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Saturdays = science for girls

Engineering faculty aims to show young women the joys of science

Ariane, one of the Grade 7-8 participants in the Girls’ Science and Engineering Saturdays program, exhibits her delight with the day's activities. (Photo courtesy of Engineering outreach)

U of T is helping to close the “girl” gap in engineering science through an innovative program that inspires girls in Grades 5 to 12 through hands-on, discovery-based science and engineering activities.

The Girls’ Science and Engineering Saturdays program was created to encourage and inspire girls to explore their interests in science, engineering and technology in a comfortable, confidence-inspiring, all-female environment.  The program is offered at the St. George campus of the University of Toronto in the fall and again in the spring.    
“I think this program is important in educating the next generation of engineers,” said Darlee Gerrard, engineering outreach office co-ordinator.“This kind of program to engage young female students who are interested in science engineering and technology and to present engineering as an interesting, viable option, is important. The goal is to demystify it and ensure it’s not intimidating.”

 The fall program consists of four sessions. Each has instructors who are female undergraduate or graduate students in science, engineering or technology-focused subjects to lead and mentor.  

“We set different program themes and within those themes, the instructors will build activities and experiments,” said Gerrard.  “We also consider the Ontario curriculum when we produce the program. We want to make sure we were covering new things this year. We don’t repeat things for any grade level. Having instructors develop the curriculum helps to keep it fresh.”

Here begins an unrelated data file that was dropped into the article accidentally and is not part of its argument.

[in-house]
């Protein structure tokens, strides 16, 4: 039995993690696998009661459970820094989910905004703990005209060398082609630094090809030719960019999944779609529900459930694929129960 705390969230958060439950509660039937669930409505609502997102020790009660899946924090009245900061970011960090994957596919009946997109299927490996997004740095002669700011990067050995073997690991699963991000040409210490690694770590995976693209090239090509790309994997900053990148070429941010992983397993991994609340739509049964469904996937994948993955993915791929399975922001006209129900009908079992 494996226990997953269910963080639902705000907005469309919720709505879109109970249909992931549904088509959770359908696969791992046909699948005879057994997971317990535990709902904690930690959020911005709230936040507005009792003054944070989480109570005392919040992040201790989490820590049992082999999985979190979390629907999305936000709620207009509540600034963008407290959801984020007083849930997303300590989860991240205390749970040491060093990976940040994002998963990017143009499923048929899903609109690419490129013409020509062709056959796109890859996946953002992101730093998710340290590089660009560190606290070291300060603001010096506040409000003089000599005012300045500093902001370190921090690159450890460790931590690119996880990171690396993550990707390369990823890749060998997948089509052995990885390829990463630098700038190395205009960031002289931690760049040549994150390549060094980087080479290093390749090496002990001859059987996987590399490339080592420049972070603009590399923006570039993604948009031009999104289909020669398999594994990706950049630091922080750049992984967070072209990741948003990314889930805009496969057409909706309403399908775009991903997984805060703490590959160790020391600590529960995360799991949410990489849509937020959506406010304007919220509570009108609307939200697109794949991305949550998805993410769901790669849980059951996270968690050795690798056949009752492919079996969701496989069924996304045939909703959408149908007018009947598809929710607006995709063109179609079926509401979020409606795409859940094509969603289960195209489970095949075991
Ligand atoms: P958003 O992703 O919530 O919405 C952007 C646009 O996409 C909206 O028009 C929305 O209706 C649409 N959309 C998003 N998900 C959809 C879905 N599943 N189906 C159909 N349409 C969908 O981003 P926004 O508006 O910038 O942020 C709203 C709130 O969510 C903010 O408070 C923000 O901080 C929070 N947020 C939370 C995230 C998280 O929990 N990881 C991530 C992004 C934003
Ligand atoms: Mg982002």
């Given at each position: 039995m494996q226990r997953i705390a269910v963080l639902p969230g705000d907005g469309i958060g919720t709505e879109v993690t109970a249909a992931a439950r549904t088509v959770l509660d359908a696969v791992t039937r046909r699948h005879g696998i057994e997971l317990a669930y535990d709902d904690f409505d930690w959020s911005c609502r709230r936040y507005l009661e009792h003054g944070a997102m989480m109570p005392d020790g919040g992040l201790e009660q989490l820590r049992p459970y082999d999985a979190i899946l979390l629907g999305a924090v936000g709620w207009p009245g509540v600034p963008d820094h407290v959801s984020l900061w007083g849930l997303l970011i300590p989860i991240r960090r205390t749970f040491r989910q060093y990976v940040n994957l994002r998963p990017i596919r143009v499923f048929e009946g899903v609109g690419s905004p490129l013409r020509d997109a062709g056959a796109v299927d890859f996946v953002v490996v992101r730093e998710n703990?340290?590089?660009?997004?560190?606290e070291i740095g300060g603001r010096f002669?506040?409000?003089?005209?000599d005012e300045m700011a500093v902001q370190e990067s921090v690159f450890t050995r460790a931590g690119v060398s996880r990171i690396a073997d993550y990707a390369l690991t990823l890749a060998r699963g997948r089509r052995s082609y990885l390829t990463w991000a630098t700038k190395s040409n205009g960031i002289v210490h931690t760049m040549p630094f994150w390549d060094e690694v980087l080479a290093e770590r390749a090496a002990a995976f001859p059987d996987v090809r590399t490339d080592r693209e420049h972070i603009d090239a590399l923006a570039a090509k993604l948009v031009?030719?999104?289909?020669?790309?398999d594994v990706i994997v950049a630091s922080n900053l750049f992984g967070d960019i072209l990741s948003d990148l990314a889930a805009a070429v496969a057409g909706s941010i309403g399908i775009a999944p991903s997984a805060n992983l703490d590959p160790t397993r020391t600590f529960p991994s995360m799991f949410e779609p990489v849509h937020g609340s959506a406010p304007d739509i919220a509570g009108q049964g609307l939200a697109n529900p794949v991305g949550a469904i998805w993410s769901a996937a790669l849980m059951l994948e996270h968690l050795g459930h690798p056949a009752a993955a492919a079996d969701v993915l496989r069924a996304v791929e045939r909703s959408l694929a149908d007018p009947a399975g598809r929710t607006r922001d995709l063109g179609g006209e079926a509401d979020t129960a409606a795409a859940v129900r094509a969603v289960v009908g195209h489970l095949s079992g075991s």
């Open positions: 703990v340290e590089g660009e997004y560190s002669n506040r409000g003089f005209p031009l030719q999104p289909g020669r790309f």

Participants are split up by grade in order to offer age-appropriate and grade-specific activities.

The program offers the girls a new and exciting theme each week. Sessions for each grade level focus on disciplines relevant to the specific experience and expertise of the program instructors. Students are encouraged to explore the related disciplines not covered in their individual classes in subsequent programs and to ask our instructors about how they can learn more.  This fall’s themes are:  Engineering Design with Humans in Mind; How That Works; Radical Research and Super Science Mysteries;  Thinking Globally, Acting Locally: Engineers Change the World.

“They did a mock surgery in one class and they built solar cars using everyday materials in another and tested them,” said Gerrard.

Students get exposed to the design process and explore the ways in which engineering affects everyday life and in turn, how our lives influence engineering design. The girls also investigate technological developments through time and get a chance to dive into cutting edge research and exciting new developments. In the final week, the girls must think critically, communicate and problem solve to explore important global issues while discussing the responsibilities of engineers and scientists.  

“We have different guest speakers throughout the course of the program, and in the last week the girls are the guests so they work on an action project in each class,“ said Gerrard.  “Some of them work on a poster to educate the public on a particular issue and thinking about how the small things contribute to a global change.”

For more information visit the Girls Science & Engineering Saturdays website.

November 15, 2011